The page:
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Pittsburgh’s Neighborhood 91 and Metal Additive Manufacturing

Innovation, technological advancement, location, and workforce made Pittsburgh the "Steel City" in the late 1800s. Today, steel mills no longer smog the skies, but new advancements in metal fabrication are revitalizing this integral part of the city's identity. Neighborhood 91, a project on 10 acres of Pittsburgh International Airport's Innovation Campus, with room to occupy 185 more acres, has brought together six companies developing and producing metal 3D printed parts. The goal is to expand to 30 or 40 companies establishing this stretch of Pittsburgh as a global hub of 3D-printed metal components.

Named Neighborhood 91 as the 91st neighborhood in Pittsburgh, this first-of-its-kind manufacturing campus aims to accelerate the adoption of metal AM technology in the U.S., displacing some older technologies and reshoring a large chunk of metal part fabrication from overseas. Recently, Neighborhood 91 celebrated the total occupancy of its first building and ground-breaking on its next. Already, thousands of metal AM parts flow out of this facility, destined for machine makers and auto plants, and installed on locomotives, spacecraft, and airplanes.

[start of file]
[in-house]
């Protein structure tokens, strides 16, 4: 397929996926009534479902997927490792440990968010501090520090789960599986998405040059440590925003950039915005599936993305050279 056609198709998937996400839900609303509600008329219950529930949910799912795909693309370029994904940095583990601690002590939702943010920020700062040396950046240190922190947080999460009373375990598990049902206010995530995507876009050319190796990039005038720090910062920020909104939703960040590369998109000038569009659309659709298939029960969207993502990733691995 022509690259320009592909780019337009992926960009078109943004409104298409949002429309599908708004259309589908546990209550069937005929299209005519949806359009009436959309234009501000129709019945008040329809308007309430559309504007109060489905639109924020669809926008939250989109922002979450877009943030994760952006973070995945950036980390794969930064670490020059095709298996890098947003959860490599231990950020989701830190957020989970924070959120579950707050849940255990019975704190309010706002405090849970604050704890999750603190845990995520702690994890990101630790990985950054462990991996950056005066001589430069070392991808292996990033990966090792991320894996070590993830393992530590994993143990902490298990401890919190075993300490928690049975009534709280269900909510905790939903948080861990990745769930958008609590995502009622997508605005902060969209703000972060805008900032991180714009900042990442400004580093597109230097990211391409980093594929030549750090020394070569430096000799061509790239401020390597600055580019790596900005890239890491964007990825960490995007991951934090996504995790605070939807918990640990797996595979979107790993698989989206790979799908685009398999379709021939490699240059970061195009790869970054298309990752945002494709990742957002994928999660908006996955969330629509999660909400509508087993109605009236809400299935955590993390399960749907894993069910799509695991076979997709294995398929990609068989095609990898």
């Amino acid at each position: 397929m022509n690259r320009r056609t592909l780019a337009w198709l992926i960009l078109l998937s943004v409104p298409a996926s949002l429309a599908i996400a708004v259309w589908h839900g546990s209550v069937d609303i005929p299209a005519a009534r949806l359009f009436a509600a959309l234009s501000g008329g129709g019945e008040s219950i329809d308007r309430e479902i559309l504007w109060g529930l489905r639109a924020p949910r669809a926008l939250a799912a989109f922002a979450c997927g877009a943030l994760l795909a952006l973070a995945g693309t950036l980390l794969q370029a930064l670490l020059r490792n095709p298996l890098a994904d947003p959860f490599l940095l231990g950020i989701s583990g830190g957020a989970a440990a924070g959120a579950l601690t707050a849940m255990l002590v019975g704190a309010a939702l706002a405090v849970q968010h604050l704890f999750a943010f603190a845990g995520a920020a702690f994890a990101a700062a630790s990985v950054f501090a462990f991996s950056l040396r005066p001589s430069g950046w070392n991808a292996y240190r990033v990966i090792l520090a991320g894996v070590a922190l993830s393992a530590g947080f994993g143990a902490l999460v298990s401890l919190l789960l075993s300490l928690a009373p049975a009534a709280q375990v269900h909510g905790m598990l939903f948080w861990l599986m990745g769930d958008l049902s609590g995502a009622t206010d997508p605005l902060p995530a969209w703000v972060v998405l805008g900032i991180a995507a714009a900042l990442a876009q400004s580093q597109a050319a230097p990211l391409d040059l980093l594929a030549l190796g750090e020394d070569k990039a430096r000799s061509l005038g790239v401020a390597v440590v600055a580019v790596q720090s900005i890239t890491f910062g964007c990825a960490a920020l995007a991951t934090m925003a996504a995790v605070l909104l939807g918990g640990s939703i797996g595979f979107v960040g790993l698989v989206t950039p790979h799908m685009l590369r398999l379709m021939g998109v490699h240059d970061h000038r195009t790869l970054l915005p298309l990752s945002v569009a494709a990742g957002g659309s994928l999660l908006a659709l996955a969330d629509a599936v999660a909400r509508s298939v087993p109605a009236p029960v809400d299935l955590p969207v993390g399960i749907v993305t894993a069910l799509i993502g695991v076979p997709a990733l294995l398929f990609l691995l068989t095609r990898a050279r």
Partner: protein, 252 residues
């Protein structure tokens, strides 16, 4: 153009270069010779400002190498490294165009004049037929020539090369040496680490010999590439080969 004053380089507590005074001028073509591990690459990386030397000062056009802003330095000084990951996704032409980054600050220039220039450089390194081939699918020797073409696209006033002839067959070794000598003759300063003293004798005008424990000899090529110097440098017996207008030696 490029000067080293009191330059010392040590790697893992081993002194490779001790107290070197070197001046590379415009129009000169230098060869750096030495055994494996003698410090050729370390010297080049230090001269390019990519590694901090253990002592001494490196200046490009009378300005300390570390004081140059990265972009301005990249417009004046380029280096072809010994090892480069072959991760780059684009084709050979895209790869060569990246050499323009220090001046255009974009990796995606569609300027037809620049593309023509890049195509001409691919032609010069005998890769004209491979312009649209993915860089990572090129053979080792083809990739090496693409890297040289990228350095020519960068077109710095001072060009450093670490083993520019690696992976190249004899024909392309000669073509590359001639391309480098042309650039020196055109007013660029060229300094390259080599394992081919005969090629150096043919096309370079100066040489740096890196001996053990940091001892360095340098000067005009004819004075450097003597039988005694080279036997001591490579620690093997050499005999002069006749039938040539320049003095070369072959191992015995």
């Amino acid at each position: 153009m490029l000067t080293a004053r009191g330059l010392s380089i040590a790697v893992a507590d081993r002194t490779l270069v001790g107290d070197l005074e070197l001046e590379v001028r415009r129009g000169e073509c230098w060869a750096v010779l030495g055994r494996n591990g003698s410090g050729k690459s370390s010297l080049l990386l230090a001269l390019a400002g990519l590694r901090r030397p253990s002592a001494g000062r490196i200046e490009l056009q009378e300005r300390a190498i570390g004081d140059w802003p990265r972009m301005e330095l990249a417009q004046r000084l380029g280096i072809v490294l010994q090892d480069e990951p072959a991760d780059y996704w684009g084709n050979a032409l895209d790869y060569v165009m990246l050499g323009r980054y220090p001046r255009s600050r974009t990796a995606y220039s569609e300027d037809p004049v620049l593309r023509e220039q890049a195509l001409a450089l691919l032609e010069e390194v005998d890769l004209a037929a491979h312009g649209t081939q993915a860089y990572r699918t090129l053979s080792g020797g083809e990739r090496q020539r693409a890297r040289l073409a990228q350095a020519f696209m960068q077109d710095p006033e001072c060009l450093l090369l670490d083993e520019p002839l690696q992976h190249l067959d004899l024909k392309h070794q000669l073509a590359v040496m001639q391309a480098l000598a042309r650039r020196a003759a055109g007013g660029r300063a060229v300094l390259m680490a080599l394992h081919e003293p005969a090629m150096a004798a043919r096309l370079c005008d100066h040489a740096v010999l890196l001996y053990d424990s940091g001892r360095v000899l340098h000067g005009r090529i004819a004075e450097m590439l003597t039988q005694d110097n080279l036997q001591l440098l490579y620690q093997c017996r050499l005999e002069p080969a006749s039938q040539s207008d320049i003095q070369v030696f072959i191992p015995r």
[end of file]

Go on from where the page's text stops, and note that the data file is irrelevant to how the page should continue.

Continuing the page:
“When we say this is happening in Pittsburgh, people say, yeah, that makes sense,” says John Barnes, co-founder of Metal Powder Works at Neighborhood 91 and one of the founding architects of the project. “So it's almost like this is the thing that Pittsburgh was meant to do.”


John Barnes, right, of The Barnes Global Advisors presenting metal AM to Airmen of the 911th Airlift Wing and the 171st Refueling Wing at a recent tour of Neighborhood 91.

First conceived in 2019 by the Allegheny County Airport Authority in collaboration with the University of Pittsburgh and The Barnes Global Advisors, the goal of Neighborhood 91 was to revolutionize the metal AM industry by bringing together key supply chain components in one centralized location.

Pittsburgh wasn’t selected to become the home of metal AM solely because of its history in metal fabrication. The University of Pittsburgh and Carnegie Mellon University have two of the country's most renowned metal AM facilities, and the entire supply chain for metal additive manufacturing had already sprung up around the greater metro area.

Aiming to be the Silicon Valley of metal additive manufacturing, Neighborhood 91 companies can now develop and apply metal AM on a campus that offers them shared resources and opportunities to collaborate.

“The companies that come here want to be part of an ecosystem,” says Barnes. “They want to work with their neighbors and figure out how to do things better, faster, and cheaper together.”

 

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